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Wednesday, December 10, 2014

Idiot Combinations

  In his book, Reassess Your Chess, Jeremy Silman mentions something he calls idiot combinations. An idiot combination is when you play a flashy series of moves not because of their great strength but because they are pretty and you look good doing it. I'd change that to read 'you think you look good doing it.' He gave an example of a Q sac. Your opponent has four replies. Three lose but the fourth refutes it. His advice is to always expect your opponent to find the best move. One day I finally figured that out; if I can see something, so can my my opponent! You have to ignore the fancy Q-sac and play something else. Another type is the one he demonstrated in this famous Alekhine vs. Junge encounter from Warsaw, 1942.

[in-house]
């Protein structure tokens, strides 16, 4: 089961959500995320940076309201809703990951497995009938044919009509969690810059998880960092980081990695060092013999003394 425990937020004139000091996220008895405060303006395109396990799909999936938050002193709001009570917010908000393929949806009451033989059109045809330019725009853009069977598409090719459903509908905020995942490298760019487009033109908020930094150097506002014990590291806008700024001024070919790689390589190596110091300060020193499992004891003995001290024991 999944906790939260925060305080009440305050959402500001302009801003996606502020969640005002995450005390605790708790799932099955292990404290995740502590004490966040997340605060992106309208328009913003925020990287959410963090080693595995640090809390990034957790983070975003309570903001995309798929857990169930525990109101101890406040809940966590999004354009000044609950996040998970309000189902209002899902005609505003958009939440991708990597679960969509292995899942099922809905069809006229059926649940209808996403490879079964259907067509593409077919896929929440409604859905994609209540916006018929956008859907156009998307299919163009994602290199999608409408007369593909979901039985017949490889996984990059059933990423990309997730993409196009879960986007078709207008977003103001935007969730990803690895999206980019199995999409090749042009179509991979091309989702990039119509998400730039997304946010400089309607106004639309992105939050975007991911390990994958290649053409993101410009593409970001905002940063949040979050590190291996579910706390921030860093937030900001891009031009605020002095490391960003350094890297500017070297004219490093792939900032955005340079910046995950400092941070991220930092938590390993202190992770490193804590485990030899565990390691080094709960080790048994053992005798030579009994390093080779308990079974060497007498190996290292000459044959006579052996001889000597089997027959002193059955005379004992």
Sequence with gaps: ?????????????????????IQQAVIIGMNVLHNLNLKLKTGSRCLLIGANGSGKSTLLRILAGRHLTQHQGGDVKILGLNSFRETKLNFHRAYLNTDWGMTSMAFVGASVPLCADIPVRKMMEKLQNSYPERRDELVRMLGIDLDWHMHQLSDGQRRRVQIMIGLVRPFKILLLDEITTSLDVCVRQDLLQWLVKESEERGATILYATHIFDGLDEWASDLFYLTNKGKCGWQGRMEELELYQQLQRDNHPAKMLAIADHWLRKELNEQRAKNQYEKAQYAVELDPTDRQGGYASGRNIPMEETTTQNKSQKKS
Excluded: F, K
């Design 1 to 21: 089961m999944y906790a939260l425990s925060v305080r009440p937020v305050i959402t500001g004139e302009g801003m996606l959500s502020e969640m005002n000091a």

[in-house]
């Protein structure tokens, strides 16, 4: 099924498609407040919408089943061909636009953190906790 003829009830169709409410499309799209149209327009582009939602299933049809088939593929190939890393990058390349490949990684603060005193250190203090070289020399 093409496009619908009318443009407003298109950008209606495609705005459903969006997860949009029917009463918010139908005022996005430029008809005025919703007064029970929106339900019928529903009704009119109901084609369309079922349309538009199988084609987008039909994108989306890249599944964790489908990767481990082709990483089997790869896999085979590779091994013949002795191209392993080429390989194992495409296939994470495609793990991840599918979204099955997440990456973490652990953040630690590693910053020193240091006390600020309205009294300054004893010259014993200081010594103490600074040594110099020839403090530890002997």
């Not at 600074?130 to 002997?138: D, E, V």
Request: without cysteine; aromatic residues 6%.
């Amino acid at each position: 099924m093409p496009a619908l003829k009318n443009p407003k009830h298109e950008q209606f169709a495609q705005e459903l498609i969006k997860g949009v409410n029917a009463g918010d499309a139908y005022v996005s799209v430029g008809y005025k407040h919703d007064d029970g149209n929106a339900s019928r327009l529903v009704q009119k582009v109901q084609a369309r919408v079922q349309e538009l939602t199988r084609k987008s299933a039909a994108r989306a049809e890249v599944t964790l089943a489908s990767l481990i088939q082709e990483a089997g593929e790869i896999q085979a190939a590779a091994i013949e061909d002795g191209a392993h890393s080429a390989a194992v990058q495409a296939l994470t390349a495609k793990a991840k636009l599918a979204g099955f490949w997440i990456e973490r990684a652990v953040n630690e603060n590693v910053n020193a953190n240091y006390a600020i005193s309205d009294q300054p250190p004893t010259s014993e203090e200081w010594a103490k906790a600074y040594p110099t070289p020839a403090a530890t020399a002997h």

The following game is one of my own early efforts at creating an idiot combination. I have several games in my database where I played similar sacrifices around the time this game was played which seems rather odd. In any case, in this game against an college student from Kansas who at the time was rated near 2000 OTB and later went on to become state champion, I went for complications instead of being content with just playing solid chess. The game got really complicated and neither of us were up to the challenge. At the end, even though I was theoretically lost, I should have played on. I have vague recollections of sitting in my apartment staring at the final position and being disappointed that my 'brilliancy' had failed, so in a fit of discouragement decided to resign.

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